Put Your Head On My Shoulder

Trip Start Aug 21, 2009
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Trip End Nov 09, 2009


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Where I stayed
de Olde Meul

Flag of South Africa  ,
Sunday, September 27, 2009

We hear the rain throughout the night. It slows to a light drizzle by breakfast at 7 AM.  It is cloudy and a light mist covers us for a short time as we head south towards George, a community on the coast that is apparently known for its championship golf courses.  There are many nice old, architecturally pleasing buildings in George.

From George, we turn inland (west) and take the N12 towards Oudtshoorn, 55 km. (34 mi.) away and our destination for tonight.  Along the way we stop at a scenic viewpoint high above the coast line.  We can see beaches for a long stretch and there is even a whale close to the shore.

As we ascend into the mountains, the temperature decreases and the rain and fog increase.  We see many hop farms (used in brewing beer) and even more ostrich farms.  The reason there are so many ostrich farms is that this is a semi-arid area and an ideal climate for ostriches.

We stop at the Cango Ostrich Farm for a tour and to get up close to the ostriches.  Ostriches migrated from the Sahara desert and can go without water for up to 3 weeks.  They can grow to be more than 2 m. (6.5 ft.) high, weigh over 100 kg. (220 lbs.) and eat 4 kg. (9 lbs.) of food pellets (consisting of corn and grass) a day.  They have two toes, one in front about 12 cm. (5 in.) long to pick away at food on the ground, to use for defense and to run; the other toe in the back is used for balance.  They also have 2 stomachs and eat stones and other shiny materials to aid in their digestive system.  An ostrich's neck is about 90 cm. (35 in.) long.

An ostrich’s egg weighs 1.5 kg. (3.3 lbs.), is 2 mm. (0.08 in.) thick and can withstand a weight of over 100 kg. (220 lbs.)  We stood on the ostrich egg and there is no problem of it breaking.  An ostrich egg is the equivalent of 24-25 chicken eggs and takes 1 hours to boil.  When an ostrich is born, it has to be keep out of the cold and rain or it will die because they receive oxygen via their wings and if the feathers get wet they will suffocate.  They are fed nothing but tiny stones to start off with, to get their stomachs to kick start their particular digestive system.  Babies are kept in warm, sheltered places for about 6 weeks and then transferred to a larger pen outside until they grow some more, and then are transferred again to even larger areas.  They are herded each night.

Every part of an ostrich is used.  It produces 80 kg. (176 lbs.) of meat, including 30 kg. (66 lbs.) of steaks.  Their hide is used for making belts, purses, bags, etc. and their feathers are used for costume clothes, accessories, and feather dusters. 

Today we are hoping to ride the ostriches but it is too cold and wet and not safe for either us or the ostrich.  Instead, we are allowed to sit on the ostrich which has a hood over its head so it does not look behind itself and peck you to shreds.  It is quite an unusual position, sitting on its body close to the neck and holding onto its wings for balance.  The warmth of its body below you is considerable (almost like having a hot water bottle between your legs).  It would have been quite the ride.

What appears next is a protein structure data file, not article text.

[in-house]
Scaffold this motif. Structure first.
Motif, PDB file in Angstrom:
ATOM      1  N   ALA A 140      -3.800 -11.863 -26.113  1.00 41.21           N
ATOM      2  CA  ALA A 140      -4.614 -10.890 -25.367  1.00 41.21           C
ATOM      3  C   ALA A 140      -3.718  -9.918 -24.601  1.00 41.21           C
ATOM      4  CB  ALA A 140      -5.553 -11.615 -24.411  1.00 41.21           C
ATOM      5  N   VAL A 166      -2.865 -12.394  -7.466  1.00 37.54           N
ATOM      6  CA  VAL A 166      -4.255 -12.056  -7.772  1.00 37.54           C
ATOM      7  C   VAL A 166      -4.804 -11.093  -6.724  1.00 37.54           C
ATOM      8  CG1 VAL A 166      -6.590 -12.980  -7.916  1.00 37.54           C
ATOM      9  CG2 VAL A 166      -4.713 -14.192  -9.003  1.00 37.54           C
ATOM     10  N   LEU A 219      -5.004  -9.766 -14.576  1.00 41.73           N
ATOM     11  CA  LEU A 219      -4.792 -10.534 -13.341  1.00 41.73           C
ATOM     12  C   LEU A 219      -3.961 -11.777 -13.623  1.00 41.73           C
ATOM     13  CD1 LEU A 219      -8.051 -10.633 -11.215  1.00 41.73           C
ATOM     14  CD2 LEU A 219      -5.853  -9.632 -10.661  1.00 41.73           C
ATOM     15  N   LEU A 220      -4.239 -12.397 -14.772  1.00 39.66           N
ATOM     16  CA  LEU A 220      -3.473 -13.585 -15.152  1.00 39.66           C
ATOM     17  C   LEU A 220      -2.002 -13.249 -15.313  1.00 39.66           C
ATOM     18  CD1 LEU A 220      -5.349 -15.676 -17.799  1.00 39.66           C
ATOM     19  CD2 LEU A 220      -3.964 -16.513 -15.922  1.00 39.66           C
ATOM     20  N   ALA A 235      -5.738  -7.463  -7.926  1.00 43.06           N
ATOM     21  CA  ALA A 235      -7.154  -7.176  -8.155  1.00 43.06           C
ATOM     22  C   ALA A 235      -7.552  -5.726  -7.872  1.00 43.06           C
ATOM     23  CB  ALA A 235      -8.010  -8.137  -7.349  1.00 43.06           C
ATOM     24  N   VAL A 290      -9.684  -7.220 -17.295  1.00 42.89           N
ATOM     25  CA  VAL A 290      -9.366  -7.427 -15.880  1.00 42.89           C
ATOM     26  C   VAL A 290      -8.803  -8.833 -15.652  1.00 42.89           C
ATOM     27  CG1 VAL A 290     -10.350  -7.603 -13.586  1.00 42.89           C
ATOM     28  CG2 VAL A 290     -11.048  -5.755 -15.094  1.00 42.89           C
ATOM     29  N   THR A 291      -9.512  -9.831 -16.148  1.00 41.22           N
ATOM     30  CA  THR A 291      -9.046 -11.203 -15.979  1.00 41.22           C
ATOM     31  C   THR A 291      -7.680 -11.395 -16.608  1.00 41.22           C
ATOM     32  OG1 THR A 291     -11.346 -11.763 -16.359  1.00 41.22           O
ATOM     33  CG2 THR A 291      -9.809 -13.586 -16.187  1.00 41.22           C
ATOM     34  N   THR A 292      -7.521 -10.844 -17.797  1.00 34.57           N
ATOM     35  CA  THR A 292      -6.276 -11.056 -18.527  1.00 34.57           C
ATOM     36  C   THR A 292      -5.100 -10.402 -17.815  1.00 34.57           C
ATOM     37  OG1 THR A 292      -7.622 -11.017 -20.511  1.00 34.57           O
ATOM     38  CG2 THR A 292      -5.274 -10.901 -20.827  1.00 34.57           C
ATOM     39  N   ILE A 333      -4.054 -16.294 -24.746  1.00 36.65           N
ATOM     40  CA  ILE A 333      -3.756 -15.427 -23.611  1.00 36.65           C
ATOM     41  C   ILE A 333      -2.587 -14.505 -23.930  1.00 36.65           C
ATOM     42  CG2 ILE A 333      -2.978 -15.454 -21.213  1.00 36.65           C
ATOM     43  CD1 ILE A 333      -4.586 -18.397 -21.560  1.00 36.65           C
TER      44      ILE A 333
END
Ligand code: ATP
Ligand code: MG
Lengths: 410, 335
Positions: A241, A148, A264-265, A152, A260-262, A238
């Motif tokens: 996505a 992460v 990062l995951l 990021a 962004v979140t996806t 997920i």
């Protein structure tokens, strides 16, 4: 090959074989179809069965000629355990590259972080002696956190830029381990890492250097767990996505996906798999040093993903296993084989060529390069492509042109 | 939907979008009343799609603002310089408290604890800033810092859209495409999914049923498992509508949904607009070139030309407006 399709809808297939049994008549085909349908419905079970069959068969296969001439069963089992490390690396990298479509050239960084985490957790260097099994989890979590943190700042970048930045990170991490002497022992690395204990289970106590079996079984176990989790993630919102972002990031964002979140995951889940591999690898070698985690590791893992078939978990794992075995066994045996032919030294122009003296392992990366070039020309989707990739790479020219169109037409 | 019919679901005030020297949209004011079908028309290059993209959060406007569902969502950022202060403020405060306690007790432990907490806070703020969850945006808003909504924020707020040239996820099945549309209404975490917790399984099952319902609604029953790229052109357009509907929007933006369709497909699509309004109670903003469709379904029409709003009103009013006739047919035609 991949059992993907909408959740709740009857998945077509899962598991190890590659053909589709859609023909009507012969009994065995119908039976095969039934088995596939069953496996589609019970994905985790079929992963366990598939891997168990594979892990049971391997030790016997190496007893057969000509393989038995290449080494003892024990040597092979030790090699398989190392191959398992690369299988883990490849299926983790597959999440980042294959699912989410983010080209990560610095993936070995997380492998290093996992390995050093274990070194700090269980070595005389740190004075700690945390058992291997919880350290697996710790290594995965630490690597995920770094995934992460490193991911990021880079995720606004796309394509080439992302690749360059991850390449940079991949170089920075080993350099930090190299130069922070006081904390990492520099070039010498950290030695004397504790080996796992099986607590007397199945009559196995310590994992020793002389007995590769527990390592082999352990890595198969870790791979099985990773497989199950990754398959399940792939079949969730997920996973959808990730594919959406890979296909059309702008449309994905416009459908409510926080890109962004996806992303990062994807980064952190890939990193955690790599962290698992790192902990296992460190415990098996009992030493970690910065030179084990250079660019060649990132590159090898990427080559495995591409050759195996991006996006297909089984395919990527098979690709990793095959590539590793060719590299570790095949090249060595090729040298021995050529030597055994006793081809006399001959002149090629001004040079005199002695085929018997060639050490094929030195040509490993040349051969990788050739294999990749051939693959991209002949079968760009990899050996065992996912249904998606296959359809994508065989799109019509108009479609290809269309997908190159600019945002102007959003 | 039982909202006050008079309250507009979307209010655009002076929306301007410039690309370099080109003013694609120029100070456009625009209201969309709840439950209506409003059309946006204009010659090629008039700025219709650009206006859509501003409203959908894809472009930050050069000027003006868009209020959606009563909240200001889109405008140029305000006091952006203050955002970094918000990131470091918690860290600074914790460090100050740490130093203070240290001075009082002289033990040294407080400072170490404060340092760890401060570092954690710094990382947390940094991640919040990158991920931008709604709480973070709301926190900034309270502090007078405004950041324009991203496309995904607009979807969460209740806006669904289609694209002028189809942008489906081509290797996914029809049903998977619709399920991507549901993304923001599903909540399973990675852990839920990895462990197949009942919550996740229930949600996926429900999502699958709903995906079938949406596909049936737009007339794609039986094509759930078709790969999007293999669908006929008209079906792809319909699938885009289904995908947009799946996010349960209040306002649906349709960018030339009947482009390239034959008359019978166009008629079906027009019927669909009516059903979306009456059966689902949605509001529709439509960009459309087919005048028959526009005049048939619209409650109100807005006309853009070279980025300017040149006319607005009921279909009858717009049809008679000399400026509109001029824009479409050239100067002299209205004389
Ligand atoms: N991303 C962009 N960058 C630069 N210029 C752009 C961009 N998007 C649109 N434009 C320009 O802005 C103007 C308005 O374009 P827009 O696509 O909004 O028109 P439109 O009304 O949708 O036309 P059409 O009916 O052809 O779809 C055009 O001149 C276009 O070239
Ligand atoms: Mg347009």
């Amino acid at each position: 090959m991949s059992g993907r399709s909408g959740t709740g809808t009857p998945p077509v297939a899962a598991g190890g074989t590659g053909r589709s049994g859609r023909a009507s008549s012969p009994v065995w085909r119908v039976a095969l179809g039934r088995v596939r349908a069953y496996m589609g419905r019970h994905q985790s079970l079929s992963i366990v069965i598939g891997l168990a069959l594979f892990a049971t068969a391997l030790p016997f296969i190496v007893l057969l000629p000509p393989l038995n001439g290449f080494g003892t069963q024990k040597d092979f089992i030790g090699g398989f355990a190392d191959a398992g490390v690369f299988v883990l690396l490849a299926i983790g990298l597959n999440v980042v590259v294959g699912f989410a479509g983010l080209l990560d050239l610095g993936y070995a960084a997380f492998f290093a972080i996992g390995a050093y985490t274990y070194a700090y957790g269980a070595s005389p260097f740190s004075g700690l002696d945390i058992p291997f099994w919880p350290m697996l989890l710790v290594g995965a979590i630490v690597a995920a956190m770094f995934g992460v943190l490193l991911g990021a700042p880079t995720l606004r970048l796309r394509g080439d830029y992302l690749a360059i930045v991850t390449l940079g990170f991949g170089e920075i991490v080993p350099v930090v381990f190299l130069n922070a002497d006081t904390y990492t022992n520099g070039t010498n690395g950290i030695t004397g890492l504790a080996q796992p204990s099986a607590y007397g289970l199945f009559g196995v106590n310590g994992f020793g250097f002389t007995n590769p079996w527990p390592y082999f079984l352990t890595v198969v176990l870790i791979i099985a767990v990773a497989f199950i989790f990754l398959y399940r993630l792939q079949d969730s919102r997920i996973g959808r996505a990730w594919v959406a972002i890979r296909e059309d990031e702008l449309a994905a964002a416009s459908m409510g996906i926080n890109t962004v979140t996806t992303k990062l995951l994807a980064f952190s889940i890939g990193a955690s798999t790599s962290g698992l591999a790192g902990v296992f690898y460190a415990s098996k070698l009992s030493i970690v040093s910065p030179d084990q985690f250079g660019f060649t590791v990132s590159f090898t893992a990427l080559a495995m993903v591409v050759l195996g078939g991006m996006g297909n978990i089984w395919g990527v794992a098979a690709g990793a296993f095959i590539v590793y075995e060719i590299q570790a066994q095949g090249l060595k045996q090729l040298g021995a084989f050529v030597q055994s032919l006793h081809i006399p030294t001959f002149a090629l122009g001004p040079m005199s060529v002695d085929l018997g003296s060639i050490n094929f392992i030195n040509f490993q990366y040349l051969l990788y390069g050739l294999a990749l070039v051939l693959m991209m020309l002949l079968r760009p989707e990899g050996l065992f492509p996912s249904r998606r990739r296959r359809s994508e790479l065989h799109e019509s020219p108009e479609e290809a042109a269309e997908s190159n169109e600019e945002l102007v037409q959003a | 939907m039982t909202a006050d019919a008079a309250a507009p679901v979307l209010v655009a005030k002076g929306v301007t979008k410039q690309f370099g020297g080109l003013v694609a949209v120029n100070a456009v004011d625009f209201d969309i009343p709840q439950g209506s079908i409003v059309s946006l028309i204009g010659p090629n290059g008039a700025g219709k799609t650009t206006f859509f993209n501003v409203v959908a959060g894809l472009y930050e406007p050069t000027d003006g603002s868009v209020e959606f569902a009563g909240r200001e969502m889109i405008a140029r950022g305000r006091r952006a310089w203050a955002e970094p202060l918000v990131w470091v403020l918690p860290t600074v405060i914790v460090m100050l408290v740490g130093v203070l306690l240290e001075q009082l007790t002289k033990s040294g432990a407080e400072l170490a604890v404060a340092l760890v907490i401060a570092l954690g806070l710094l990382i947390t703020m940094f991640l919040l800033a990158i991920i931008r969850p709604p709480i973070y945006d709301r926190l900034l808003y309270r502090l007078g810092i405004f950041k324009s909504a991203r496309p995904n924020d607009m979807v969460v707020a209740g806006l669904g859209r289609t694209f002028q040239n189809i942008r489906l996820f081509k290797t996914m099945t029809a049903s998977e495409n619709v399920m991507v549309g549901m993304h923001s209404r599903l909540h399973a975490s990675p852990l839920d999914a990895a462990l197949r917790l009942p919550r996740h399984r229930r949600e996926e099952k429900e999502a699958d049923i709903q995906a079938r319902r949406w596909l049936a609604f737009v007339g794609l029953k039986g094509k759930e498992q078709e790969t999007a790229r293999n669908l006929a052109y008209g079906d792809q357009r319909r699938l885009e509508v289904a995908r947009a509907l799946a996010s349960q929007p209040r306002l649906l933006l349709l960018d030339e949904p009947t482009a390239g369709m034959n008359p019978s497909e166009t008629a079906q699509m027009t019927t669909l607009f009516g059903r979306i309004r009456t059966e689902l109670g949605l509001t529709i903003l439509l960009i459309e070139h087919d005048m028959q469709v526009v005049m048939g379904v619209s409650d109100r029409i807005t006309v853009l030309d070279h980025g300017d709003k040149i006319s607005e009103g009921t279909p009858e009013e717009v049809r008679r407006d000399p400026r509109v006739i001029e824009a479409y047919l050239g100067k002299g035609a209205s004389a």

There are other things we are allowed to do, like feed them from your hand and put a pellet in your mouth and have the ostrich pick it from you ("a kiss").  These suckers are sure fast and accurate (like a snake).  We also have an ostrich massage.  This is when you hold a bucket of pellets and 5 ostriches lunge over your shoulder and peck away at the feed you are holding in front of you.  Talk about putting your head on my shoulder.  It is raining today and the ostriches are wet and the sensation is definitely different.  We uploaded a video of Boyd having an ostrich massage.  It would have felt a little different if they were dry.

We spend an hour at the ostrich farm, which is very informative and great fun, and then it’s off to the Cango Caves.  The caves were discovered in 1780 and contain the largest chambers and passageways that we have ever seen.  Incredibly old (up to 270,000 years old), and big and wide stalactites (grow from the top down) and stalagmites (grow from the bottom up).  There are a few columns (stalactites and stalagmites that have grown and merged together).  We have lunch at the caves and, of course, Boyd has an ostrich steak burger.  Absolutely delicious.

We arrive at de Oude Meul (the Old Mill) Country Lodge in mid-afternoon.  The lodge is very rural in its character and setting, but it looks deserted.  It’s 3 PM in the afternoon, the temperature is a bone chilling 13 C (55 F.) and it is raining (apparently, it hardly ever rains here and rarely would it linger on as it does today).  The reception area is closed and our guide has to wake up the manager to find out where and what are rooms are.  Very strange.  After checking in, we want to warm up, but there is nothing open and there is no place to go.

We all retreat to our rooms but there are no chairs in the rooms.  It is a difficult afternoon as we are cold and feeling trapped.

Finally, it’s time for dinner and we all meet at the restaurant which is in a building separate from the hotel and run by the owner’s son and daughter-in-law.  Our meal is wonderful.  Rose has the ostrich burger and Boyd has the black wildebeest fillet (black wildebeest are only found in this area).  Both are great.  The rain has finally stopped as we go to bed under the black rural sky.
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